I agree it would reduce confusion to use a different term for the infoset versus the data model. "Infoset"/"data model" is one possible choice of terms, though I wonder whether the XML heritage of "infoset" might be off putting to many.  Another possibility would be "abstract data model"/"concrete data model".
 
I’d argue that you want to reduce toward the denominator being the minimal power of ten, i.e.
1 is [1, 1]
1.0 is [1, 1]
1.5 is [15, 10]

That would be my preference too.

The only thing that makes me hesitate is that I could imagine implementations that distinguish integers and floats, and use C-style rules to distinguish the two. For example, 1 is an integer but 1.0 or 1e0 is a float. I don't know whether any such implementations exist.

James


 

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Re: [Json] Response to Statement from W3C TAG

Carsten Bormann
In reply to this post by James Clark-8
On 10 Dec 2013, at 07:52, James Clark <[hidden email]> wrote:

> Most users of XML deal with higher-level semantic abstractions rather than directly with the XML Infoset, but it has proven very useful to be able to specify these higher-level semantic abstractions in terms of the XML Infoset rather than having to specify them directly in terms of the XML syntax.

The XML infoset is very much tied to the needs (and idiosyncrasies) of the serialization that XML uses.  There are many ways this infoset is mapped into the data model used by an XML-based application.

The main innovation of JSON was to actually supply such a data model as part of the format.
I would argue that his property was what made JSON “win” over XML.

Turning back the clock and trying to use JSON as a conveyer of an infoset instead of using it with its data model could be considered unproductive.  On the other hand, some people want to do alternative data models with the JSON syntax, so maybe standardization has to cater for that.

One of the reasons many people react so violently to such a proposal is that it is bound to cause confusion that these alternative data models are now also “JSON data models”, reducing the value of the JSON data model as the hingepin of interoperability.

I don’t know how to counteract that confusion while also enabling the use of alternative data models by the definition of the infoset.  But maybe we can find a way.

Grüße, Carsten

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Re: [Json] Response to Statement from W3C TAG

Carsten Bormann
In reply to this post by James Clark-8
On 10 Dec 2013, at 12:39, James Clark <[hidden email]> wrote:

> The only thing that makes me hesitate is that I could imagine implementations that distinguish integers and floats, and use C-style rules to distinguish the two. For example, 1 is an integer but 1.0 or 1e0 is a float. I don't know whether any such implementations exist.

Absolutely, they do, and they all differ in how exactly they do the distinction.
http://www.ietf.org/mail-archive/web/json/current/msg01523.html

This is a cause of real interoperability problems.

The question is how to find out of that maze of different interpretations.
There is no way this can be done so that none of them “breaks”.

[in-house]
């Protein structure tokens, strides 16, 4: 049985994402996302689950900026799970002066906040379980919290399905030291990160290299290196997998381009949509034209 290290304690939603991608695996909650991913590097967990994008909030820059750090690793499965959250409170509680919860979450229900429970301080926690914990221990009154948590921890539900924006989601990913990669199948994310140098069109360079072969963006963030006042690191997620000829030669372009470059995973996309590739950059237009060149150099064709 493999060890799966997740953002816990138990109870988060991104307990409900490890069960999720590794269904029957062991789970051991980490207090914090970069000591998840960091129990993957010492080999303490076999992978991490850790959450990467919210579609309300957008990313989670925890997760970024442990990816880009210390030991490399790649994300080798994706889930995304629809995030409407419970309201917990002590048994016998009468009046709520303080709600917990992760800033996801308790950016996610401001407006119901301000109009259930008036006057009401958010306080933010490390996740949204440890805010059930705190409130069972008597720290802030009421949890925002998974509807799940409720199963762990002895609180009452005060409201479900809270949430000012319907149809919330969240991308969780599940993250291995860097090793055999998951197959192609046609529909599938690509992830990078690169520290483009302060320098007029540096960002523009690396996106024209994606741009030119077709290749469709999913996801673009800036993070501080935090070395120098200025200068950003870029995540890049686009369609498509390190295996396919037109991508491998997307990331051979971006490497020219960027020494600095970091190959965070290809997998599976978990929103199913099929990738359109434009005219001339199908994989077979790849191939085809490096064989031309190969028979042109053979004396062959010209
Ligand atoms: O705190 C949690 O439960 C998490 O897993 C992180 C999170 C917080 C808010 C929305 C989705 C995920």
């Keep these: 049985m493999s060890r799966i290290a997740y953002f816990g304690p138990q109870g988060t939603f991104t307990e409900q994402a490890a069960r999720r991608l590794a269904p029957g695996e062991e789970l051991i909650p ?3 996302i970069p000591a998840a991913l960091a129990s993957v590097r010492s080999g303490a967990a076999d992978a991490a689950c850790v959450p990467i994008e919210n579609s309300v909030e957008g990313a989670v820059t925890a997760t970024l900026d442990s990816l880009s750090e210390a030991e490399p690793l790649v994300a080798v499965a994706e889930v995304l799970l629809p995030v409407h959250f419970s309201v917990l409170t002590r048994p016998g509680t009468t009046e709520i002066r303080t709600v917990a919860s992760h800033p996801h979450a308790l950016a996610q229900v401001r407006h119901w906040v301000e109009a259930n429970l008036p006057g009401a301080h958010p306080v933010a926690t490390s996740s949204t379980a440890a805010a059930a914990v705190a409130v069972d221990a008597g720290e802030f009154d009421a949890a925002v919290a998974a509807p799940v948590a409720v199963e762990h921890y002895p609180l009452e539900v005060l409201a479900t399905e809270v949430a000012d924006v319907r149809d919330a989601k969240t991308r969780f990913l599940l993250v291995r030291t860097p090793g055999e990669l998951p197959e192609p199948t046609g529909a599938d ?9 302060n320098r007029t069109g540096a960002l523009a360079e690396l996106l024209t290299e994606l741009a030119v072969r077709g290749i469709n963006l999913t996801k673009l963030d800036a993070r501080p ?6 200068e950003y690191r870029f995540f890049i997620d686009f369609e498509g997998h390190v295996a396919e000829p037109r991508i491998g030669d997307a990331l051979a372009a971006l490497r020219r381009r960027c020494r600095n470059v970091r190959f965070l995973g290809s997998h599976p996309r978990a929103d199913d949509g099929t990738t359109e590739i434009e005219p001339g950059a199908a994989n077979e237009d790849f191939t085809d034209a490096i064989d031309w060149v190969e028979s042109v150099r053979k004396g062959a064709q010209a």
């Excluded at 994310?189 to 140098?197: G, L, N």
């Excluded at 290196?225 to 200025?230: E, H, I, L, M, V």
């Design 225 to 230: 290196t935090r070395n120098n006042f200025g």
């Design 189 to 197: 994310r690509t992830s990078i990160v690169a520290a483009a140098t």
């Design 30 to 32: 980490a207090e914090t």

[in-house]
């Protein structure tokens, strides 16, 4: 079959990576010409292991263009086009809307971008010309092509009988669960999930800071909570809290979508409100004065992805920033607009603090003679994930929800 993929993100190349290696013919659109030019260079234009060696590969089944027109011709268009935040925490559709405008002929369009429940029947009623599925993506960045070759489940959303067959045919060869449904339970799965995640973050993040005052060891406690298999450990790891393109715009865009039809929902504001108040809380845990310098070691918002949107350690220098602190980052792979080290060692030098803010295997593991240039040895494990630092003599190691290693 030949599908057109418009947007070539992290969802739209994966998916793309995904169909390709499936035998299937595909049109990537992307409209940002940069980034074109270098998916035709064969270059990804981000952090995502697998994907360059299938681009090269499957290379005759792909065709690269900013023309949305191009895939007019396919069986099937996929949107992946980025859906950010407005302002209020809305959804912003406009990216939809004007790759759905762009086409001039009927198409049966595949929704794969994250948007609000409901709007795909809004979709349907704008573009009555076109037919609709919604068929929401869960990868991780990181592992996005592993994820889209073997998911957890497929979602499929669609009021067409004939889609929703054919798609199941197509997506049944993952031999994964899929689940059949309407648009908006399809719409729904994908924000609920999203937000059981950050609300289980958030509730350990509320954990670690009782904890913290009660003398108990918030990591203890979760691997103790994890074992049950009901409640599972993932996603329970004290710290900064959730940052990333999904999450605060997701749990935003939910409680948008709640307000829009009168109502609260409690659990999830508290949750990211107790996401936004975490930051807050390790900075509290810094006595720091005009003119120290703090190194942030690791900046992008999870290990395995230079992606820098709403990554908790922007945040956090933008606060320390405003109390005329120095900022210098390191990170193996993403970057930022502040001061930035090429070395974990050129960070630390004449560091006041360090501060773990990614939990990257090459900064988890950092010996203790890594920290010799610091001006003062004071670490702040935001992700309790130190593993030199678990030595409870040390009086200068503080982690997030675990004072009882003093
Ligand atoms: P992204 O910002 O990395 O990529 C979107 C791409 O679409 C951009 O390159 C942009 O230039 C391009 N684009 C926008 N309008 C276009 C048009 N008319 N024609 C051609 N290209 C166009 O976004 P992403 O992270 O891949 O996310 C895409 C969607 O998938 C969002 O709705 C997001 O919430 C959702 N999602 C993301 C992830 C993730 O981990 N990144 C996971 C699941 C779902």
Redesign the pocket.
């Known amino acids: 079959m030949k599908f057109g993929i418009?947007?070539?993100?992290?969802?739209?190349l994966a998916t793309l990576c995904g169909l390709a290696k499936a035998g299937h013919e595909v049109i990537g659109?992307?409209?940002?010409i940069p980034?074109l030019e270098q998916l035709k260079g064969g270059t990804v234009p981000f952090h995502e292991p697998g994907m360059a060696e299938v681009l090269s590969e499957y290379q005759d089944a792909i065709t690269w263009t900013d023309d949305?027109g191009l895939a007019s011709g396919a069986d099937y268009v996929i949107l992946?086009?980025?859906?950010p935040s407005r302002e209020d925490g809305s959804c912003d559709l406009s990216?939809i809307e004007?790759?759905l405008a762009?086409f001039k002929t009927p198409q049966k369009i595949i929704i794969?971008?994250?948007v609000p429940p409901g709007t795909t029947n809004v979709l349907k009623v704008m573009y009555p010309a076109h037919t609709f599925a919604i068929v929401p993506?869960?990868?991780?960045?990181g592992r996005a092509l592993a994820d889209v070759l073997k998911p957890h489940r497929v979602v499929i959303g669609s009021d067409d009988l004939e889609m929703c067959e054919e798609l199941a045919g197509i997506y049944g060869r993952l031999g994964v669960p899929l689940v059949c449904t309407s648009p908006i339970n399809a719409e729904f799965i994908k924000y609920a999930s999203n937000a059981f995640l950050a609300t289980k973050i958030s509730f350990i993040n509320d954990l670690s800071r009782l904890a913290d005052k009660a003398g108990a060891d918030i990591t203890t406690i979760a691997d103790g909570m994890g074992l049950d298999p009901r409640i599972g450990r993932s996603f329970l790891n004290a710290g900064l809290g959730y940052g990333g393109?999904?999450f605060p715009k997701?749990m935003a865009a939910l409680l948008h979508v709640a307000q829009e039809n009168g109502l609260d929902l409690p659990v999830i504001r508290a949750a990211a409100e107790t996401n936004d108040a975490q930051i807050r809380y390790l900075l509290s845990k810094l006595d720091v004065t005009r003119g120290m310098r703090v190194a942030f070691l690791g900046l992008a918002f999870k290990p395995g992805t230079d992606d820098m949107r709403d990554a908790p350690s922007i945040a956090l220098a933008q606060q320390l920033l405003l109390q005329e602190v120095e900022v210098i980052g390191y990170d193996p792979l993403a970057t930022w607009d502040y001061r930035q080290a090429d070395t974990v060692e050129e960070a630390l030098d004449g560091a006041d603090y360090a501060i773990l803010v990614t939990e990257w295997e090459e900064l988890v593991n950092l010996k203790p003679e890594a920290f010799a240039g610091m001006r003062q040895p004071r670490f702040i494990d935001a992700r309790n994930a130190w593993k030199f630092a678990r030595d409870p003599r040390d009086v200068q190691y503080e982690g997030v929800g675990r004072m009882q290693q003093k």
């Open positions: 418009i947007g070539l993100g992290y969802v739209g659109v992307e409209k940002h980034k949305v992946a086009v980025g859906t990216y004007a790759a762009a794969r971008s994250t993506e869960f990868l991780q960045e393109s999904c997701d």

It may seem natural to stick to the way numbers are interpreted in many programming languages that distinguish floating point values from integer values.  However, JavaScript doesn’t so it can’t supply guidance.  And that leads to exactly the problem documented in
https://jira.talendforge.org/browse/TDI-26517 — interoperability broken when a non-distinguishing sender accidentally chooses the representation that triggers the wrong behavior at the receiver.

It is probably better to suggest handling 1.0 as 1.

When we are done with that, there is still negative zero.
http://www.ietf.org/mail-archive/web/json/current/msg01661.html

Grüße, Carsten

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Re: [Json] Response to Statement from W3C TAG

Bjoern Hoehrmann
In reply to this post by Allen Wirfs-Brock
* Allen Wirfs-Brock wrote:
>On Dec 9, 2013, at 5:40 PM, Bjoern Hoehrmann wrote:
>> If TC39 said ECMA-404 is going to be replaced by a verbatim copy of the
>> ABNF grammar in draft-ietf-json-rfc4627bis-08 with pretty much no other
>> discussion of JSON and a clear indication that future editions will not
>> add such discussion, and will not change the grammar without IETF con-
>> sensus, I would be willing to entertain the idea of making ECMA-404 a
>> normative reference.

>The second paragraph is speaking about the language described by the
>grammar, not the actual formalism used to express the grammar. I'm quite
>sure that there is no interest at all within TC39 to ever change the
>actual JSON language.  If you are looking for some sort of contractual
>commitment from ECMA, I suspect you are wasting your time. Does the IETF
>make such commitments?

As you know, the charter of the JSON Working Group says

  The resulting document will be jointly published as an RFC and by
  ECMA. ECMA participants will be participating in the working group
  editing through the normal process of working group participation.  
  The responsible AD will coordinate the approval process with ECMA so
  that the versions of the document that are approved by each body are
  the same.

If things had gone according to plan, it seems likely that Ecma would
have requested the IANA registration for application/json jointly lists
the IETF and Ecma International has holding Change Control over it, and
it seems unlikely there would have been much disagreement about that.

It is normal to award change control to other organisations, for
instance, RFC 3023 gives change control for the XML media types to the